Christophe Sirodeau Spielt Intermezzi von BRAHMS – Melism

by | Jun 17, 2020 | Classical CD Reviews | 0 comments

BRAHMS: 14 Intermezzi from Op. 76; Op. 116; Op. 117; Op. 118; Op. 119 – Christophe Sirodeau, piano – Melism MLS -CD – 022, 62:33 (5/22/20) [info@melism.net] ****:

Christophe Sirodeau (b. 1970) has acquired a reputation for both composition and piano performance, the latter influenced by some ten years’ study with Russian master Eygeny Malinin.  Sirodeau’s further studies with pianist Alberto Neuman qualify him as an indirect disciple of Arturo Benedetti Michelangeli. Given the extremely broad range of interpretation of the Brahms piano oeuvre on record, finding a simple characterization of Sirodeau’s playing evades capture, but he does bring a concentrated, often severe, focus into his reading of 14selected and arranged late piano works: the Op. 76 set  from the 1870s – rife with homage to Robert Schumann – and the works set down from 1892, when nostalgia and reminiscence, even tender affection, for Clara Schumann could come to the fore without embarrassment or sentimentality. In his accompanying notes, Sirodeau acknowledges the influence of Julius Katchen in his own conception of these highly personal works.

Anton Weber credited late Brahms as an adumbration of his own, intensely personal, concentrated style, and Sirodeau opens with the B Minor Adagio, Op. 119, No. 1. Sirodeau obeys the composer’s injunction to conceive every bar as a ritardando suffused with melancholy. The passing discords struck Clara Schumann as an effect of “grey pearls.” The ensuing Intermezzo in E Minor, Andantino un poco agitato, Op. 119, No. 2 projects an anxious metric design in progressive variations, whose middle section waltz permits some solace. The fragment of the waltz motif that appears at the coda has Sirodaeu’s sighing in a mood that Proust calls “the alabaster of memory.”  Sirodeau then presents four of the seven pieces that comprise the 1892 Op. 116: the Adagio in E Major, No. 4, bears a tragic stamp in its apparent simplicity. The sense of spiritual isolation permeates this work, and no less so in the following Intermezzo in E Minor, Op. 116, No. 5, with its specific, rather stealthy, indication Andante con grazia ed intimissimo sentimento.  These two pieces form an emotional diptych, free but lonely in their evocation of what Brahms called his “old bachelor music.”  The piece seems to deconstruct as it progresses, leaving us a shadow of itself at the coda. The following Intermezzo in E Major, Andante teneramente, Op. 116, No. 6, proffers a martial tune or quasi-hymn that gains stern momentum, only to break into a lyric song of heart-rending beauty. The return to the ‘A’ section tearfully recalls the martial motif and its wistful harmonization. Simoneau concludes this sequence by playing the Intermezzo in A Minor, Op. 116, No. 2, Andante, among those rainy-day, autumnal evocations whose Non troppo presto impulse barely wipes away the inner tears.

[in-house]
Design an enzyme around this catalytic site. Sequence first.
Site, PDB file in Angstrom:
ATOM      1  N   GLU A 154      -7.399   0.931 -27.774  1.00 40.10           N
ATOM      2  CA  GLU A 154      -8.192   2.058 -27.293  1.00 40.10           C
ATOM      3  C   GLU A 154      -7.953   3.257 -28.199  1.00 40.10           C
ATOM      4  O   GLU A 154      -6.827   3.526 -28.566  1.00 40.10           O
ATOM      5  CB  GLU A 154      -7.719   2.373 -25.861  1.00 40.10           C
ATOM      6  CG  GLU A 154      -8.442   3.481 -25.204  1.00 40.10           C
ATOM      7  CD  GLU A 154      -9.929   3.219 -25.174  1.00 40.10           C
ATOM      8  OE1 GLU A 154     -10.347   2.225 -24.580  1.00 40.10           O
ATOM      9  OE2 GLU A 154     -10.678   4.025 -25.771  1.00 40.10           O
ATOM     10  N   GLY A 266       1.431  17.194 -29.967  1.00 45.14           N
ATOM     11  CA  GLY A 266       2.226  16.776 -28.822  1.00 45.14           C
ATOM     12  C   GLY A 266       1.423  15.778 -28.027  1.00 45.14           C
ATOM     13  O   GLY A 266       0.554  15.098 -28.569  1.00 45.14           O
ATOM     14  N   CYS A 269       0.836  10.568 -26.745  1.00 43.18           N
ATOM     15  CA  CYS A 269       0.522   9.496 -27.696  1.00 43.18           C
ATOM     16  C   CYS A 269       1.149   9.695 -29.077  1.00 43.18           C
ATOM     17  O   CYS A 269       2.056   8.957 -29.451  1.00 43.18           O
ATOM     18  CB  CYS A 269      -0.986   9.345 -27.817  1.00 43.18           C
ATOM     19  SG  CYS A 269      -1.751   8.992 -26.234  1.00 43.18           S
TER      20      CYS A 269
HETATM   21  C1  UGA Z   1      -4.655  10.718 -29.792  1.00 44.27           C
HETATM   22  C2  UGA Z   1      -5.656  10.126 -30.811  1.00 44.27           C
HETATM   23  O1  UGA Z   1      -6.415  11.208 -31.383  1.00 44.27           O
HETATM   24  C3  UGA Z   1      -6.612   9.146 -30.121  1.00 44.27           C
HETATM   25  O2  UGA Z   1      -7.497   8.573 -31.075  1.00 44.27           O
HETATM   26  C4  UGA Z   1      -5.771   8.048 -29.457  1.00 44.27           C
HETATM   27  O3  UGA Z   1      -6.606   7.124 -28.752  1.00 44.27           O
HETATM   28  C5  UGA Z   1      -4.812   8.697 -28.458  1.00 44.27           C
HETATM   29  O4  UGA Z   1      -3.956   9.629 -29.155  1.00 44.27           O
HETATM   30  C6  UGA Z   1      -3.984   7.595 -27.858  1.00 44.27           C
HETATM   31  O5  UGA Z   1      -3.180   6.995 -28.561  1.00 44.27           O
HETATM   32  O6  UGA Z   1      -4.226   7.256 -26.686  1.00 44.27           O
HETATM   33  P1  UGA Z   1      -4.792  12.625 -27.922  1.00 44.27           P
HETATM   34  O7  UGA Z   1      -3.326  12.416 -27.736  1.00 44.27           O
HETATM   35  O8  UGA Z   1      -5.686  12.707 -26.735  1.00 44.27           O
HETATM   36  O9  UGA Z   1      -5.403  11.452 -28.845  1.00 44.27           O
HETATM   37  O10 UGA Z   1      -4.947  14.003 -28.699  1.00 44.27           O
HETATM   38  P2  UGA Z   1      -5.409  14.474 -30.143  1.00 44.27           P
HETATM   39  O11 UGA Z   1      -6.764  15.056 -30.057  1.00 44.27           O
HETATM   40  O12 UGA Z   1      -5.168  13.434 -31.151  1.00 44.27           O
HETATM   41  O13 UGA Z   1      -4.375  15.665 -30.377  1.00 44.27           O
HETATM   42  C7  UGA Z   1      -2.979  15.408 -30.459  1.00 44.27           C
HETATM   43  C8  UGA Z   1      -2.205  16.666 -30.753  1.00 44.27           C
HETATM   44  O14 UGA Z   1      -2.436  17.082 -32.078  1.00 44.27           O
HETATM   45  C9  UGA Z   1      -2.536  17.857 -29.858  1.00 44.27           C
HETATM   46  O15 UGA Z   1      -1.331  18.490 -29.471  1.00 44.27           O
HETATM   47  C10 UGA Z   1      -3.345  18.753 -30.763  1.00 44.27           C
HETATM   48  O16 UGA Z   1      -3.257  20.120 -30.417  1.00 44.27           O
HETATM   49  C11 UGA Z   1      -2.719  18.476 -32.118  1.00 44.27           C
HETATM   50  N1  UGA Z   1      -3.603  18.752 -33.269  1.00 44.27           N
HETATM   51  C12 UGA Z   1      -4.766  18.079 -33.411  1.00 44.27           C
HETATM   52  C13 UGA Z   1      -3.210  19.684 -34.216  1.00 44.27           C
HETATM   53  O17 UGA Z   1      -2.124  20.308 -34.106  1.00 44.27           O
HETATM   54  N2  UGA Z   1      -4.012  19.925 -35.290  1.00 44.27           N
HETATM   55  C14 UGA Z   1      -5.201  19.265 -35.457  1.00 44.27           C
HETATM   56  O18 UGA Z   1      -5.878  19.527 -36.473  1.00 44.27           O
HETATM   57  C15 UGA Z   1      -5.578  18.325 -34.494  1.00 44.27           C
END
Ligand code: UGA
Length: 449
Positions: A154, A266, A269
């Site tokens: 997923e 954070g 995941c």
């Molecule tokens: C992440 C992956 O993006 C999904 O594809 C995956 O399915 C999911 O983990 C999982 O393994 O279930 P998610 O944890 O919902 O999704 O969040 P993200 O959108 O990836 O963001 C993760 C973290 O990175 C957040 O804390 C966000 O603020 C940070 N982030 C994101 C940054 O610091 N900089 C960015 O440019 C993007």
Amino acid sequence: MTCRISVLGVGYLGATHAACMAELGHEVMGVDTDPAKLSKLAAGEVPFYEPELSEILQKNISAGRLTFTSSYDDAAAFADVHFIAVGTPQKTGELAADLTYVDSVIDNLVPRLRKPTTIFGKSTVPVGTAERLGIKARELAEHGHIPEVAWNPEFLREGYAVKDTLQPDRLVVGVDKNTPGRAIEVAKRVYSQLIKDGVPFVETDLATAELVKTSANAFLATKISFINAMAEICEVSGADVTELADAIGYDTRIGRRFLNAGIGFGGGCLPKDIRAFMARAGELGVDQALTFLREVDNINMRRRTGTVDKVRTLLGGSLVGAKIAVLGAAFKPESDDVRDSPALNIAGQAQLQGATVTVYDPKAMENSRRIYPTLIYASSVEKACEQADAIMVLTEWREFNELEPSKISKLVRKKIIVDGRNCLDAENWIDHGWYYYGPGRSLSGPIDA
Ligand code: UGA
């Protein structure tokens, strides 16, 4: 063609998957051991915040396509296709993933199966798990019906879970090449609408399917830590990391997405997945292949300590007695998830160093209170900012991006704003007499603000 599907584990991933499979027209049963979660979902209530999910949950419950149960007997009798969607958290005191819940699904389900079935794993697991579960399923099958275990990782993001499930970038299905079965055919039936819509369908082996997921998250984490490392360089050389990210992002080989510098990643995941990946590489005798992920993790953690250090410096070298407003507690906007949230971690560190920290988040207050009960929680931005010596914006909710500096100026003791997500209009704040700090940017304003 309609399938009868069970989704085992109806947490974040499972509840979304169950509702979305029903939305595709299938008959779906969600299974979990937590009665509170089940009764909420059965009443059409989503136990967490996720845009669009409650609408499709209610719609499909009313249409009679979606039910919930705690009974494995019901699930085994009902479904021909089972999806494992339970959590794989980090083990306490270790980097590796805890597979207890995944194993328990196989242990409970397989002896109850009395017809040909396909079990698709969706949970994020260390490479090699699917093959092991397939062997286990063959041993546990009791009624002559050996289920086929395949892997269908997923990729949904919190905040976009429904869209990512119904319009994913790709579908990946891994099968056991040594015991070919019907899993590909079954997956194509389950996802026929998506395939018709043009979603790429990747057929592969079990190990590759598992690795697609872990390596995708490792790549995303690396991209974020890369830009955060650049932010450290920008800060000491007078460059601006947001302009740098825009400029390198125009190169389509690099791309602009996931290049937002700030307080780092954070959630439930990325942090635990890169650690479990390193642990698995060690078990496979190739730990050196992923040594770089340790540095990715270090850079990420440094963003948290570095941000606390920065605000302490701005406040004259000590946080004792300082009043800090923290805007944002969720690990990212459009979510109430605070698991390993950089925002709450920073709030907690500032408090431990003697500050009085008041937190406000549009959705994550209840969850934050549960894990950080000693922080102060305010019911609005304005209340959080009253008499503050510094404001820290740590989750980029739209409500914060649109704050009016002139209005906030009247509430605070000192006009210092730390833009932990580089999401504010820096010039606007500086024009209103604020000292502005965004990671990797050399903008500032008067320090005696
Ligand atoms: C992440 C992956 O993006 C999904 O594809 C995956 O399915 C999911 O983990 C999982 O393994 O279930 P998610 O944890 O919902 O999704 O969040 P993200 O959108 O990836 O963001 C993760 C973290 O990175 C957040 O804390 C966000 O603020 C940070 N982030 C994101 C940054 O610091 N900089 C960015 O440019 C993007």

Sirodeau then selects two of the Op. 76 set, conceived in the spirit of Robert Schumann’s own Intermezzi, Op. 4.  The A-flat Major, Op. 76, No. 3 Grazioso, suggests a tender study in syncopation, three bars against five. Brahms features the high treble for his effect, the keys passing through C minor and D-flat. The Intermezzo in B-flat Major, Op. 76, No. 4, Allegretto grazioso, contains nothing but emotional ambiguity, never fully expressing itself in B-flat Major until the last. Instead, Brahms indulges in a melancholy G Minor reminiscence, with enharmonic excursions into C-flat. A delicate, nervous agitation permeates the music, desperate to hold on to a wraith of memory.

Brahms spoke of his Three Intermezzi, Op. 117 as his “songs of my loneliness,” and they urge a sense of solitude. The Op. 117, No. 1 in E-flat Major, Andante moderato, sounds a plaint based on a Scottish lullaby, marked by repeated E-flats. Sirodeau gives the rocking rhythm a slow hauntedness. The other “rainy-day” Intermezzo in B-flat Major, Andante non troppo e con molto espressione, contests two impulses, a scalar chain of notes against a chordal design. The last of the set, in C-sharp Minor, Andante con moto, has a post-war sensibility cross-fertilized by shades of Kurt Weill. Turbulent and unstable, the piece sounds a dirge for Romanticism. Sirodeau takes this selection a bit quickly for my taste, which has always gravitated to Eugene Istomin’s old CBS recording.

Back to Op. 76 for two more selections: the A Major, No. 6 Andantino con moto swims in agitated syncopes, resonant with arpeggios and glistening, pearly play, despite some dark waters. The Intermezzo in A Minor, Op. 76, No. 7 I first heard from Artur Rubinstein. Marked Moderato semplice, the piece has a funereal gait offeset by rolling arpeggios that never quite feel resolved. Echo effects and passing dissonances add to the nervous tension, though understated, manages to leave us with a sense of longing.

Finally, the much admired Intermezzo in A Major, Op. 118, No. 2, Andante teneramente, a lyric worthy of Mendelssohn in a bitter-sweet mood. At moments, the piece assumes a martial tone, only to relent in sad, balanced phrases permeated with regret. 

Recorded 8 March 2019 and produced by Nikolaos Samaltanos, the recording offers a marvelous patina for Sirodeau’s keyboard.

–Gary Lemco

More Infomration at Website:  Melism.net




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